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The Daily Brief

The Election & Investing

Resplendent with controversy and mudslinging, this election cycle has chided investors into increasing their cash holdings, says a new survey from BlackRock. More than half of investors have decided to only increase their cash holdings and not allocations in other investment vehicles, fearing future political and financial instability. Not surprisingly, the survey also found that 63 percent of Americans think the election will have a significant impact on the U.S. economy and say the looming election has impacted their investment decisions in some way. “It’s clear that many Americans view the election as a source of uncertainty, making them less comfortable about investing,” said Robert Kapito, President of BlackRock. “Good investment decision-making hinges on recognizing that short-term events often do not dramatically alter the long-term trends that truly determine an investor’s ability to achieve long-term goals.

Fed Getting Aggressive?

The Federal Reserve might have a busy 2017 on its hands, if predictions by Boston Fed President Eric Rosengren come true. In an interview with CNBC Rosengren said, "if the unemployment rate falls as much as I’m expecting, then it is possible that we’ll have to raise rates faster than the summary of economic projections.” Rosengren said that instead of the current Fed projections of interest rates at 1 percent by the end of 2017 and nearly 2 percent by the end of 2018, rates could rise higher if unemployment plunges lower. According to an report, Rosengren foresees it hitting 4.5 percent by next year and worries about the effects of keeping rates low. “So the fact that long rates are so low, and that there are some sectors of the economy that we’re starting to see very rapid asset growth—like commercial real estate, is a source of concern as people start moving to try to get higher returns because we’ve had low rates for a long period of time," he said.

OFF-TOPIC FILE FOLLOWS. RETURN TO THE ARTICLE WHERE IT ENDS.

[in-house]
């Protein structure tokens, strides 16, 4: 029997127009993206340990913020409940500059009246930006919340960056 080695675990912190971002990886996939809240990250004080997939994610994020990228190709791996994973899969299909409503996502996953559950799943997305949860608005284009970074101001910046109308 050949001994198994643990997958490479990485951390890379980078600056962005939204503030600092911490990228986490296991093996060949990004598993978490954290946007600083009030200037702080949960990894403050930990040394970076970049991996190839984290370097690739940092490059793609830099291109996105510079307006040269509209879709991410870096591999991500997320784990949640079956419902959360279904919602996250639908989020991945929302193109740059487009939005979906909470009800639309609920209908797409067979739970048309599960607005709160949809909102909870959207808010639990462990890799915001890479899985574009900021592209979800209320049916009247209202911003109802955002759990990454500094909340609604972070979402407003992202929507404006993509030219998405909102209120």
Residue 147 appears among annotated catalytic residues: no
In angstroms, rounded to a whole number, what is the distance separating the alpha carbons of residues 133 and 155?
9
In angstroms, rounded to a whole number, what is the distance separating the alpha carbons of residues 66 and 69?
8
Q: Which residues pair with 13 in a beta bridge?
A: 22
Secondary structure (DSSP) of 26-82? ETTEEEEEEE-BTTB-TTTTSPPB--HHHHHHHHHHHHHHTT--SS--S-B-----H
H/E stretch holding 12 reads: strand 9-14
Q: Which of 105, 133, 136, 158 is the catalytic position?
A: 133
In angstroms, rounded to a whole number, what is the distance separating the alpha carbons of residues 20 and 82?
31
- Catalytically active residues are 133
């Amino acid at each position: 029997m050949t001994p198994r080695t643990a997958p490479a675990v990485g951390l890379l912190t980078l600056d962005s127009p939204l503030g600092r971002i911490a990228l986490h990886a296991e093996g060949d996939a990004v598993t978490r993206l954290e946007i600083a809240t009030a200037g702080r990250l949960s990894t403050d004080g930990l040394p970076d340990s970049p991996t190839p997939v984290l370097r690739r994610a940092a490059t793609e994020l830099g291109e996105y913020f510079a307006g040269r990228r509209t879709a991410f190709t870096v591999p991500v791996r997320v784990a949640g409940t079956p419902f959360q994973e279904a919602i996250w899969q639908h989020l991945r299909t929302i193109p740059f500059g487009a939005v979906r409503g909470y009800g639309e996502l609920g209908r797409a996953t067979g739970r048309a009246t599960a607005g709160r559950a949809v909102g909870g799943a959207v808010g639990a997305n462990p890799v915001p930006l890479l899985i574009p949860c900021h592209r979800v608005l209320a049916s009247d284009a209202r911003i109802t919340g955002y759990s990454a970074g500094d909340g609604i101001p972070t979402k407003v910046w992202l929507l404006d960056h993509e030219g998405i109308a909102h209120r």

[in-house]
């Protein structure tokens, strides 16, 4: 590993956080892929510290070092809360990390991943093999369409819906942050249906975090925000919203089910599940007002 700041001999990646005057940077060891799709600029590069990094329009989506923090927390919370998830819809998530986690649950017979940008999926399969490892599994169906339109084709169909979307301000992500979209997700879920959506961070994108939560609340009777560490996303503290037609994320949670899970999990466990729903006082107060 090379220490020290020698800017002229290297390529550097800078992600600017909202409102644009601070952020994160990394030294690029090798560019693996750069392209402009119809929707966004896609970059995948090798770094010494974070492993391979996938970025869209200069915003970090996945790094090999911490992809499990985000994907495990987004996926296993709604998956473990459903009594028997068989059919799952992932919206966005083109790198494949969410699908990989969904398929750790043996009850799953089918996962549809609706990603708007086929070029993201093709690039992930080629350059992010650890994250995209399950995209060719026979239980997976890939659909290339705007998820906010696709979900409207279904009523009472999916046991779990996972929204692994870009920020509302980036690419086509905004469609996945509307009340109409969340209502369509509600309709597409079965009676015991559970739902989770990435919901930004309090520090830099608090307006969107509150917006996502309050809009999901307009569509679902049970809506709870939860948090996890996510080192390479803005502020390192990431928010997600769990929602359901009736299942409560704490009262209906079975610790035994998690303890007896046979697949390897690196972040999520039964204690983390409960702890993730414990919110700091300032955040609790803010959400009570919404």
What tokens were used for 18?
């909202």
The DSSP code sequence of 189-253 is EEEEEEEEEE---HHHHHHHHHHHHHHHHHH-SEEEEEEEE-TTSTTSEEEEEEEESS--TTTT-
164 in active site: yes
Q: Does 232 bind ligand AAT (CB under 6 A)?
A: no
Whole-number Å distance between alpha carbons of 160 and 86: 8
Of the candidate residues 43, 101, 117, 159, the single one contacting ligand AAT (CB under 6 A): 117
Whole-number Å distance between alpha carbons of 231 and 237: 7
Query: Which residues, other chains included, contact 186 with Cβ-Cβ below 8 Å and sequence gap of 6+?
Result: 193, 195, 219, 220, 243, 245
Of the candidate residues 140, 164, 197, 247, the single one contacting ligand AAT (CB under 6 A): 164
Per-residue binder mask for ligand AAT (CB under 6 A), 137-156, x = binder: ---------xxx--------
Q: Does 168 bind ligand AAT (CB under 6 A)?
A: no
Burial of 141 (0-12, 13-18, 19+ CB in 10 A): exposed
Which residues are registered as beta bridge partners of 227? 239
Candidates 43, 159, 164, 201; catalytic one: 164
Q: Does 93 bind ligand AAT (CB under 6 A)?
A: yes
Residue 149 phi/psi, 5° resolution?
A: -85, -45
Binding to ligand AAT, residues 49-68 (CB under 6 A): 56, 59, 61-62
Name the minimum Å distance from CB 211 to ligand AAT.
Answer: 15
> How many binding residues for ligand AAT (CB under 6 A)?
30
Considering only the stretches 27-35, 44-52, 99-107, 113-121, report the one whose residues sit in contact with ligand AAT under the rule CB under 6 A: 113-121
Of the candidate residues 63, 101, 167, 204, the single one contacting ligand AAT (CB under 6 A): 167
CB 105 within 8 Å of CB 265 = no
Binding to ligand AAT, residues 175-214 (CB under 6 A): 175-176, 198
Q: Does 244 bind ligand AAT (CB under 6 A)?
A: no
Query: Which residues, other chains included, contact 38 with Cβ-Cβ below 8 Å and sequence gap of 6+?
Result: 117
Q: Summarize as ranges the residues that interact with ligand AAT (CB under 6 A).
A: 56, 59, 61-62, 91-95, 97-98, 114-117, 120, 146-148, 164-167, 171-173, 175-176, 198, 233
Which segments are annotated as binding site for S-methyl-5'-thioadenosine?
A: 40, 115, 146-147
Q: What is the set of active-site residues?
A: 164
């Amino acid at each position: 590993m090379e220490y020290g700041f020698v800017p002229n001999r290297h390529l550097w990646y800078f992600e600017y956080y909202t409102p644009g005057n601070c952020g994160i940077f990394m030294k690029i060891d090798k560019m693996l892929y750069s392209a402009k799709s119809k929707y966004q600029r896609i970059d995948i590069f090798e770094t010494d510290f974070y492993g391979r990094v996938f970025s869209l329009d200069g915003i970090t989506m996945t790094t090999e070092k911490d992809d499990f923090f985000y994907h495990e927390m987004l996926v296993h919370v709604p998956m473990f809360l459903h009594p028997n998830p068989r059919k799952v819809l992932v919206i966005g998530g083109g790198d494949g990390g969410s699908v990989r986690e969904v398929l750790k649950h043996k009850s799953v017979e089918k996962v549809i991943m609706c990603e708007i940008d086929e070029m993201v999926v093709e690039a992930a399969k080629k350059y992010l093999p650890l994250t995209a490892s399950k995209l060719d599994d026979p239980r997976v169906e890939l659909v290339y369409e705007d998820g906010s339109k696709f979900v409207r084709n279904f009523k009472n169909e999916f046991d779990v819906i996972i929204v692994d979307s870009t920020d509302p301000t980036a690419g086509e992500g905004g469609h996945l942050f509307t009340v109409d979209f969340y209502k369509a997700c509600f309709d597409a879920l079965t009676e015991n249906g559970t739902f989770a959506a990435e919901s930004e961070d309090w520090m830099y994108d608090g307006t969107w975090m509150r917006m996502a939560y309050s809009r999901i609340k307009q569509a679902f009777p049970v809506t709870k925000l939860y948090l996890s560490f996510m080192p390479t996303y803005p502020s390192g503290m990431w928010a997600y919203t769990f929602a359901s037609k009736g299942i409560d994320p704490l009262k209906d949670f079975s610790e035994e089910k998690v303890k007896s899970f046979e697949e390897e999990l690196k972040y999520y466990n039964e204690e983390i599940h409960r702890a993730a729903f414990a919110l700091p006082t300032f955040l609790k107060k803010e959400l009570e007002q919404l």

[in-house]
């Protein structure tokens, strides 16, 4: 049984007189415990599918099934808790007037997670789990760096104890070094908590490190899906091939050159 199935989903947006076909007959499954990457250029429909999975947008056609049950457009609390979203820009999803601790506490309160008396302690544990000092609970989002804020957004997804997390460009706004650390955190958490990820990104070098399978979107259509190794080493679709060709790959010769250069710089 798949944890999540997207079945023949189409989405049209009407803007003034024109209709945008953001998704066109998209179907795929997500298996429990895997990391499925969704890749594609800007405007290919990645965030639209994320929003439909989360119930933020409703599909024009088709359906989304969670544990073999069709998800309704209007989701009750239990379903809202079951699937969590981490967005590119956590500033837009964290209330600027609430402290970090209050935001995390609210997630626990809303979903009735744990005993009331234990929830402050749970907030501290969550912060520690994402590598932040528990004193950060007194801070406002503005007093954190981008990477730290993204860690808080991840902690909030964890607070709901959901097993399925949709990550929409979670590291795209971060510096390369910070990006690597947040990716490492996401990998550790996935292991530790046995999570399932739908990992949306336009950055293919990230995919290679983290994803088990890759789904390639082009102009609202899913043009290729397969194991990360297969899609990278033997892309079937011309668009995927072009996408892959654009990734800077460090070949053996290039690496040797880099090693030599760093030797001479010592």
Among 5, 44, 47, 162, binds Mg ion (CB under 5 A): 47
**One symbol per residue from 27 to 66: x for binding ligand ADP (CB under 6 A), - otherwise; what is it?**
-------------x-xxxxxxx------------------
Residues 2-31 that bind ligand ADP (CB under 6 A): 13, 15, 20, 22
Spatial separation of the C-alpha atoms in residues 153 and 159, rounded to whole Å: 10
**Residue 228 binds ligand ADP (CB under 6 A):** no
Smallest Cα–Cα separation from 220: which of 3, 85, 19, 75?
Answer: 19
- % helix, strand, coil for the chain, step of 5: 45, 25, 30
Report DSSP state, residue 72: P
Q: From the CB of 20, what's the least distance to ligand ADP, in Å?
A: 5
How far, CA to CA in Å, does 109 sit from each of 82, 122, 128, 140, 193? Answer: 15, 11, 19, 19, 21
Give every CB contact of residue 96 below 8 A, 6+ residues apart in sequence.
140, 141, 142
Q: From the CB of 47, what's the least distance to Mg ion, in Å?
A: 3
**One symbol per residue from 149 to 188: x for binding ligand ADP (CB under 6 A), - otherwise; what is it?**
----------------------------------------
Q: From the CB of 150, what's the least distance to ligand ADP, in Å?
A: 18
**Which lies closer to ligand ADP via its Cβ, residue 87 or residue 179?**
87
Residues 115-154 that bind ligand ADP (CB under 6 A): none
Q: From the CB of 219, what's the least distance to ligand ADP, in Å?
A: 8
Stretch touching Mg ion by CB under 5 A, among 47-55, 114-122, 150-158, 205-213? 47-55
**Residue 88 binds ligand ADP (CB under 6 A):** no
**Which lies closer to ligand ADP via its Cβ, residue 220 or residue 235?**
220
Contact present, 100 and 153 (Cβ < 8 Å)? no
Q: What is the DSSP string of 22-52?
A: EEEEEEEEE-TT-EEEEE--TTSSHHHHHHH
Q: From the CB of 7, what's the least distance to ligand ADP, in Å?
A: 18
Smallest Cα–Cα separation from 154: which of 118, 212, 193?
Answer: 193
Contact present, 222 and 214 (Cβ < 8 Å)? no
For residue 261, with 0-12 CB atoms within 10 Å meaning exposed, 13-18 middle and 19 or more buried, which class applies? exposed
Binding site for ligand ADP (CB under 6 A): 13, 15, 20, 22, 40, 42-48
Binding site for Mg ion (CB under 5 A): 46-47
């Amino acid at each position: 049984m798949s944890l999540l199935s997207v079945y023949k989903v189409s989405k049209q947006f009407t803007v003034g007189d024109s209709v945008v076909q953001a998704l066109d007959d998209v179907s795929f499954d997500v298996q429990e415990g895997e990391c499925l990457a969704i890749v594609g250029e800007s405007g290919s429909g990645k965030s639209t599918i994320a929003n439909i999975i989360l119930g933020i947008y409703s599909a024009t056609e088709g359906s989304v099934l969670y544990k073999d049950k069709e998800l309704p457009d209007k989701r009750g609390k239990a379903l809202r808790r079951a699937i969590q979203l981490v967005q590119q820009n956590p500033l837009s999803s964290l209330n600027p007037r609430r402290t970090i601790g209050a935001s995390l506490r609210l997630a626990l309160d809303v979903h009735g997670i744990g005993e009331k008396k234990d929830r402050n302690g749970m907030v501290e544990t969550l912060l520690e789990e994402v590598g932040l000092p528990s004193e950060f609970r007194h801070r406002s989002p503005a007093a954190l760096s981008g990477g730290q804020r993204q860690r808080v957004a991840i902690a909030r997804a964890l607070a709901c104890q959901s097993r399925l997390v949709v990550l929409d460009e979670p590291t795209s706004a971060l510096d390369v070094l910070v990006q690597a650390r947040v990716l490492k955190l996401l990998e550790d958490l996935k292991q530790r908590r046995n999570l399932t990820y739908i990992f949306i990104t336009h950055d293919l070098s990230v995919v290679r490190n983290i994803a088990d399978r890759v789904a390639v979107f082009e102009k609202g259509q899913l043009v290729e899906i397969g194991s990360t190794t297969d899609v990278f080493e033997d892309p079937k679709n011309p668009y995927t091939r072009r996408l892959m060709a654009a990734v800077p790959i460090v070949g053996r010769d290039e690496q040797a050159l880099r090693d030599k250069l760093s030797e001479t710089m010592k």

Is Social Media Finally Working for Advisors?

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While many advisors haven’t seen tangible results from engaging on social media, a it could finally be paying off. So much that so that social media is being used just as much as traditional networking. A new Putnam Investments survey of more than 1,000 advisors found that 85 percent of advisors are actively using social media for business purposes, up from three-quarters in 2014. Of those advisors using social media, eight in 10 said they gained new clients from it, up from about half of advisors in a 2013 study. And on average, new clients gained through social media had $4.9 million in assets. The Putnam survey suggests social media is now more broadly integrated into an advisor’s practice; in fact, advisors spend an average of 10 hours a week on social media, about the same amount of time spent on traditional networking. “Advisors no longer appear to consider time spent on social media as separate from traditional business development activities,” the Putnam report said.

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